7. SJ Hawkins 7

    jasper, you say “If the populace continues to believe that a light smack shouldn’t be illegal, but ever other form of discipline is…”
    My principal objection to the new S59 is that the judgement of what is and isn’t appropriate is subjective rather than defined in the law. Technically all physical forms of correction are illegal, and it is only if the police decide not to prosecute that someone who uses a light smack is let off. They have still technically broken the law however, and IMHO I believe that is why there is such support for the No vote in the referendum.

    I much would have preferred the Borrows amendment to have been adopted. I am aware that there is considerable oppostion to any form of physical correction of children, but I think it would have been the appropriate course of action for the time we are at. Further down the track (maybe after a generational change from the ‘good hiding’ parents to the ‘light smack and time out’ parents) it would be appropriate for the next step. Perhaps it’s just me as that is where I’m at, but I’m guessing about 80%+ parents are in the same phase.

  8. The Voice of Reason 8

    Well, my YES vote is winging it’s way off to the Electoral Office. While it’d be great if the kids win, even if the bashers do get the majority vote, it’s nice to know Parliament are going to ignore them anyway.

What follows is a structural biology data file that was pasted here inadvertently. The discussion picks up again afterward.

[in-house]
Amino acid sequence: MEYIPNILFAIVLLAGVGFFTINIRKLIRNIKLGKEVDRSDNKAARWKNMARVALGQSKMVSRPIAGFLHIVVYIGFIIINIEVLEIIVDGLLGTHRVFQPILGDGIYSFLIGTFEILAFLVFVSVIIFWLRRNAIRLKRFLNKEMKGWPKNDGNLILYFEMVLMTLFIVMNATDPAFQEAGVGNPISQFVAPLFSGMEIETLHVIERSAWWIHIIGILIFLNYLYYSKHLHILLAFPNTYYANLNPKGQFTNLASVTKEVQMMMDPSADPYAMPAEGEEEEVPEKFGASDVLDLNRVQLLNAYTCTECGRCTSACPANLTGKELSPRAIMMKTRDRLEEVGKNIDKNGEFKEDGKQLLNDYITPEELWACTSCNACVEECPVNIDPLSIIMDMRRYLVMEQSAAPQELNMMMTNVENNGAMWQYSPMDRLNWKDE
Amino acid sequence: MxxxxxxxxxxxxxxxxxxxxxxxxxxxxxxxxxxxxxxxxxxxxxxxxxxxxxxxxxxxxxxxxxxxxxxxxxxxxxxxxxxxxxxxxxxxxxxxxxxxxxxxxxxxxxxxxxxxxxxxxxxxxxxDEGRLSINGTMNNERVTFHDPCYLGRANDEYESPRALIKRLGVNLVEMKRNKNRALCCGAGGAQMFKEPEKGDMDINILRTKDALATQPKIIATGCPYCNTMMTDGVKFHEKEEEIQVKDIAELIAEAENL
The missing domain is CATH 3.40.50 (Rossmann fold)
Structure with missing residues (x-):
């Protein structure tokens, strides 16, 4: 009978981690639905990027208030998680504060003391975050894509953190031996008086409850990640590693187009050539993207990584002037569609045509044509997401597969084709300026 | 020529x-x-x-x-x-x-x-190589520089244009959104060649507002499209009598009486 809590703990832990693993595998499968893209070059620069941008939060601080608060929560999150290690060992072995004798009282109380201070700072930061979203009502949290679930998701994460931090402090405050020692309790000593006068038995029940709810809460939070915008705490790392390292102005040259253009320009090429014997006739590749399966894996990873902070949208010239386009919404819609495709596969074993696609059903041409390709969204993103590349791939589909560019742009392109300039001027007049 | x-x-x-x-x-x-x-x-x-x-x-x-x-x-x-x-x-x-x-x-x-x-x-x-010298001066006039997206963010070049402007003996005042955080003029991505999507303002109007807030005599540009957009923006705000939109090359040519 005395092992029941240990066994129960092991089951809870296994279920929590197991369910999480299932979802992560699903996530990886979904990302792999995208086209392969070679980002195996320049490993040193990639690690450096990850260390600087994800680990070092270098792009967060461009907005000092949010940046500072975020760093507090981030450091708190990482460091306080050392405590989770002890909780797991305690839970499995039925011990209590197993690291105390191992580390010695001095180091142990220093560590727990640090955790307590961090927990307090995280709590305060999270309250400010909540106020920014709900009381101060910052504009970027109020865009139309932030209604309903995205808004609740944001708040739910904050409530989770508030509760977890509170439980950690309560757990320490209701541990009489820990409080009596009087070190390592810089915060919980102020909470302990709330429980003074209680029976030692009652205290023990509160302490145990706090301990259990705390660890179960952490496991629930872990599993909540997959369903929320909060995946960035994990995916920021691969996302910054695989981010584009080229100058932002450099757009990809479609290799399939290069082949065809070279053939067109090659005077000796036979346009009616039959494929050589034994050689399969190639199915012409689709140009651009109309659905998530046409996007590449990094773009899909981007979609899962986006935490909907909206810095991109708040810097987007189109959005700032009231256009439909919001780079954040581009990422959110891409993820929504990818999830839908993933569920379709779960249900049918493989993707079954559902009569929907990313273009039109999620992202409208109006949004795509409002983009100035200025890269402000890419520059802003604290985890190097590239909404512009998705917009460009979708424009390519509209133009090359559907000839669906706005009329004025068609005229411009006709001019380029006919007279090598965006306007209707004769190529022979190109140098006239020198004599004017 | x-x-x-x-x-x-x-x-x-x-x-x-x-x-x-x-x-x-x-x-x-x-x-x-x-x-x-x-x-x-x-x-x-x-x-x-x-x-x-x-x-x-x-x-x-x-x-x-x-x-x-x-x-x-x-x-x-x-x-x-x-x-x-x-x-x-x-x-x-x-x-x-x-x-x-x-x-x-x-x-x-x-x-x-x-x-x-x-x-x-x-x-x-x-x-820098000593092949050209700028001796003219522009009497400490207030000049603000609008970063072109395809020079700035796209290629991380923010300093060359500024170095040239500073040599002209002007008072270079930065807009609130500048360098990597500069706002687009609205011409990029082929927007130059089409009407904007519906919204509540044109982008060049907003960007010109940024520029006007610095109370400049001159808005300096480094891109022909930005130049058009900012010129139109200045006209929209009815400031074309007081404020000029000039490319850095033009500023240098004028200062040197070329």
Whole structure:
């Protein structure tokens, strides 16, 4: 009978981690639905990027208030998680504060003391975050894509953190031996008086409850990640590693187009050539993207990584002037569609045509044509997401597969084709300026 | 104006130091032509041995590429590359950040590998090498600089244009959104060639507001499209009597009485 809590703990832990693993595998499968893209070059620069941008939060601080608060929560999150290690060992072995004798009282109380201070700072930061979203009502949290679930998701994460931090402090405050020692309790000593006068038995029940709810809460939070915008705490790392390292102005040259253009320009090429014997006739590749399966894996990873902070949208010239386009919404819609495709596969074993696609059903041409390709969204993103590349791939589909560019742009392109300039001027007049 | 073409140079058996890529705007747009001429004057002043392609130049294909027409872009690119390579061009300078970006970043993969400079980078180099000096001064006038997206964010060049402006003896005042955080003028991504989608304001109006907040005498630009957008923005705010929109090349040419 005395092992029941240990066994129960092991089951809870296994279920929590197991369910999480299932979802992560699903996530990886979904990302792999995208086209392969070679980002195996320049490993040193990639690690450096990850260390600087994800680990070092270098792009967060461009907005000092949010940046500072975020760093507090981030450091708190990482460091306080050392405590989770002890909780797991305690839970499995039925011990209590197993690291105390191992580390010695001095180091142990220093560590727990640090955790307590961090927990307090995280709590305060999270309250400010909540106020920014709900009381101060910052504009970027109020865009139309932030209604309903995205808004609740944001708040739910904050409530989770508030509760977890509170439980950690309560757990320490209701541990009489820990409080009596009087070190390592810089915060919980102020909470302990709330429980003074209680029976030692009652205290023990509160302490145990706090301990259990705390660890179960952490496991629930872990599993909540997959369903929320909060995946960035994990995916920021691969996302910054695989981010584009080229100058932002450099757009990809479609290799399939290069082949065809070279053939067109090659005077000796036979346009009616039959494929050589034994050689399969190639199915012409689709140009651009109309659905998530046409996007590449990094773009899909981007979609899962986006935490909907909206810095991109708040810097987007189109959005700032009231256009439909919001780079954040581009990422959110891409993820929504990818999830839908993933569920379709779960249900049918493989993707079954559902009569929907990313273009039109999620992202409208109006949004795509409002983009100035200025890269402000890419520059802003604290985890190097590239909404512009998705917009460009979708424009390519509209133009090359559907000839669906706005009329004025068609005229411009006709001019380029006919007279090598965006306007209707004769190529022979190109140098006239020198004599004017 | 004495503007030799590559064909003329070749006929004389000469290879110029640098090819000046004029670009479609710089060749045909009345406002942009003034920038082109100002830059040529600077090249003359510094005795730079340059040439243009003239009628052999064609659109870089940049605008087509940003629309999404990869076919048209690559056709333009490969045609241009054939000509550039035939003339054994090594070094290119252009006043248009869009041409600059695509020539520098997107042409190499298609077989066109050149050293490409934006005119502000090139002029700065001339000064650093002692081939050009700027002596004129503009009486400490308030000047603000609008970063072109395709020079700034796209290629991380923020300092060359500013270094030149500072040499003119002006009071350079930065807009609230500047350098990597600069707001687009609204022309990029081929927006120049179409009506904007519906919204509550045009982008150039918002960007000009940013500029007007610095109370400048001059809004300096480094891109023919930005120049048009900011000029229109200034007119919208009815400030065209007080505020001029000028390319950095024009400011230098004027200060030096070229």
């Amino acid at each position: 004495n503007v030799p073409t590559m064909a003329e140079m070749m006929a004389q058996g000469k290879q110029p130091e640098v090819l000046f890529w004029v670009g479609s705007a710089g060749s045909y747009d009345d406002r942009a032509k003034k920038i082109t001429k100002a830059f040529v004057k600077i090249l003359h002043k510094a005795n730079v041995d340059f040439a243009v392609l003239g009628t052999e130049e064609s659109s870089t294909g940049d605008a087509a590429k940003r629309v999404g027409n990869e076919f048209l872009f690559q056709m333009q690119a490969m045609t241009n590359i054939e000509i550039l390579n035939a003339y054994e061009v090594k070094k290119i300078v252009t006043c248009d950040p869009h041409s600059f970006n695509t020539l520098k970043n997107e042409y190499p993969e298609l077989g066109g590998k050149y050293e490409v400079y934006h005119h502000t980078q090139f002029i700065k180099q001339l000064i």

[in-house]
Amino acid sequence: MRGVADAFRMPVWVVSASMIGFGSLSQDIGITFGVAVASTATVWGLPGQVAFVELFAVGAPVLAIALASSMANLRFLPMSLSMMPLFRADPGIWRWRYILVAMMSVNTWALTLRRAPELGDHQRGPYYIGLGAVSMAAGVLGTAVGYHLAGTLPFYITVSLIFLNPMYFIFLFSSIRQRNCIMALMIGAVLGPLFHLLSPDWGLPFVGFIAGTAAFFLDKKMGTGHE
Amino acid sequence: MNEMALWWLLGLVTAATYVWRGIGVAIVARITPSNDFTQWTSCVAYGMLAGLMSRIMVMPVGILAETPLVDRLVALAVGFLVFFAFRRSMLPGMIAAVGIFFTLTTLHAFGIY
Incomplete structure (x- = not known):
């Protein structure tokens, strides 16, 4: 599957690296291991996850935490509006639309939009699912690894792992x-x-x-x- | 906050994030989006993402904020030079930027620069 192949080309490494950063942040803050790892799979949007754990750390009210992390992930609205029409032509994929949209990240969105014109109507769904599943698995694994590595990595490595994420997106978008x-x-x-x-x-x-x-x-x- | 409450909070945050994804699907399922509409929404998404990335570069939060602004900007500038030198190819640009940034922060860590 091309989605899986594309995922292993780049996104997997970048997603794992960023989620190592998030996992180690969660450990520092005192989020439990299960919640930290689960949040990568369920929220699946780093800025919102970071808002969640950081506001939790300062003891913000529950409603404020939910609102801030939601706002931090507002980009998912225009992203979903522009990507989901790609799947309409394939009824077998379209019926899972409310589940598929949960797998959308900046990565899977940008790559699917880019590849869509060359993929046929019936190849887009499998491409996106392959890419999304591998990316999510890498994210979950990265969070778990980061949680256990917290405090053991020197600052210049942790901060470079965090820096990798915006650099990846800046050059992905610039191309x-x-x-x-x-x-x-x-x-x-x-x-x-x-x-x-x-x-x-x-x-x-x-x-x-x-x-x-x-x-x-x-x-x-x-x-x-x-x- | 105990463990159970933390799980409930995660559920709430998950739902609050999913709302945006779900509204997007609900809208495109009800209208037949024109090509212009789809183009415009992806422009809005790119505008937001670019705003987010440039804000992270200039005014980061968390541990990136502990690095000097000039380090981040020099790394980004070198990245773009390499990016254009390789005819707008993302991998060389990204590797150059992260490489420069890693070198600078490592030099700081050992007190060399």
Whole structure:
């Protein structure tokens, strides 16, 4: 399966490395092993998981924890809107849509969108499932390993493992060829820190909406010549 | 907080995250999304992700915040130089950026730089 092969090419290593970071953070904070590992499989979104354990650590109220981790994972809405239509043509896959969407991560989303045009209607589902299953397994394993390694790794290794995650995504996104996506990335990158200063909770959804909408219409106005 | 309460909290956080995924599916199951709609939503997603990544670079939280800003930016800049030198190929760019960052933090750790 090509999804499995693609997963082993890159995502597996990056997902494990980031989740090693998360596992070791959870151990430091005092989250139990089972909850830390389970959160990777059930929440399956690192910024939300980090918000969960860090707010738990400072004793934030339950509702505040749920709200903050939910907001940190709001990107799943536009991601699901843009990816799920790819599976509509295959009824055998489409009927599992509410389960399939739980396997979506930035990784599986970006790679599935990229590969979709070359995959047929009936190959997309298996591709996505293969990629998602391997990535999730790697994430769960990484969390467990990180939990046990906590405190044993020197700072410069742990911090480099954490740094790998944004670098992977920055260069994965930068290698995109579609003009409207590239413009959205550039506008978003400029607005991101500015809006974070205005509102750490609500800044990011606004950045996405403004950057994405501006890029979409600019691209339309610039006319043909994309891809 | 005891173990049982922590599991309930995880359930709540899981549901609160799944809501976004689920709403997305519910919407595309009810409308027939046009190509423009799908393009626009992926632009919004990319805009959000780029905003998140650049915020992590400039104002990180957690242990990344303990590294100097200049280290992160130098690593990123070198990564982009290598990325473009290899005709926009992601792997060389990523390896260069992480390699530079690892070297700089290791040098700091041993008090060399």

The important change is not in the law, it’s in parents’ minds. It seems to me that NZ is coming to understand that we will not get violence out of our society if we don’t get it out of our homes.

    And a quick warning to SJ and Walter; don’t eat the yellow snow, that’s where the husky’s been!

    • SJ Hawkins 8.1

      Really, it’s enough to make me rub a mittenful of the deadly yellow snow into your beady little eyes 😉

  9. Ianmac 9

    Sweden banned all violence against children in 1979. Youth crime has trended downwards steadily since that time. It is 25% lower now than 10 years ago. The belief is that children growing up violence free, become themselves as parents violence free. Takes time.
    In Nz 6-10 children a year are murdered. In Sweden 2 per year. (Population adjusted.) Yes. I know that Sweden is more mono-cultured.
    Defining what is OK gives permission when it is never OK.

    • SJ Hawkins 9.1

      Can you link to the proof of that, and have you looked at this;
      http://www.nkmr.org/english/anti_smacking_law_consultation_paper.htm

      • Ianmac 9.1.1

        Thanks SJ. I did not read it all but from a quick squiz it seemed to be expression opinion and therefore not much help. Parents fearing etc.
        I got my most recent from Dita de Boni:4. Sweden was the first country to prohibit all corporal punishment of children in 1979. (This was followed in the 1980s by almost all Scandinavian countries). Despite the fact that modern Swedes believe violent crime is rising in youth, “government statistics show that the violent crime rate among teens has reached its lowest recorded level in more than 25 years; between l990 and 2000, the juvenile crime declined by 56 per cent.” (Child Trends Research Brief, July 2003)

        5. Sweden has the lowest rate of child mortality in the world and that figure has decreased in the decades since anti-smacking laws have been introduced.

        • SJ Hawkins 9.1.1.1